Readers Question: What did Keynes mean by ‘In the Long Run we are all dead’ – From ‘In the Long Run we are all dead’
For Keynes, the short run was important and due to the instability of the macro economy, government intervention may be necessary to kickstart the economy.
Classical economists tend to be more dismissive of short term falls in output. According to their models, falls in real output below the equilibrium would only be temporary and the economy would return to equilibrium of its own accord. In particular, classical economists argued that if the economy is below full employment, wages should fall and labour markets will clear solving the unemployment.
But, Keynes argued that this was a wrong approach. He stated that the economy may well return to full employment, but, without government intervention this could take a long time.
This is why he quipped in the long run we are all dead. Why wait 10 years for a reduction in unemployment when the reduction could be achieved much quicker?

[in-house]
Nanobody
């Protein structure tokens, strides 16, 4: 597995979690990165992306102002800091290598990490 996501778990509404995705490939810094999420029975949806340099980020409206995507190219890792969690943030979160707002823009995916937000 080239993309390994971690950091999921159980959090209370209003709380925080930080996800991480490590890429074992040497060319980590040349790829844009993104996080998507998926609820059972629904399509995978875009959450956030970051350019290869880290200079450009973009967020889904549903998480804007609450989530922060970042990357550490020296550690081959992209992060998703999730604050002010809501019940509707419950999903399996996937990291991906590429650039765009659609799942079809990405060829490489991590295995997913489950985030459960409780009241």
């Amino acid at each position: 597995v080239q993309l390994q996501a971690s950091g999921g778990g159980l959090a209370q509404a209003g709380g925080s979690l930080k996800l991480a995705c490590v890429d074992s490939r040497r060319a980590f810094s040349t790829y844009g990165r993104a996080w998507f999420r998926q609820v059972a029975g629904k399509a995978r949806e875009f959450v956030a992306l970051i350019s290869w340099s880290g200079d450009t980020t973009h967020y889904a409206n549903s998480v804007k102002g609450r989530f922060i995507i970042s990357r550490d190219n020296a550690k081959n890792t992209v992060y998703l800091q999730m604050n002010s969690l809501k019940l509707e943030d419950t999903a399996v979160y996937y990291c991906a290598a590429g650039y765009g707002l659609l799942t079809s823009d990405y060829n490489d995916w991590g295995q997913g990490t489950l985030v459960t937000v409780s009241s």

He argued that what happened in the short run could influence the long run. High unemployment created a negative multiplier effect which reduces output even further. When resources are idle, it may be difficult to get them re-employed. He also highlighted the fact labour markets may not clear. For example, wages are sticky downwards (in other words trades unions resist nominal wage cuts). But, also even if wages did fall, this could be damaging because workers would have less income and so spending would continue to fall.
This analysis provided the justification for government intervention – increased government spending financed by borrowing to kick start the economy and make use of passing saving.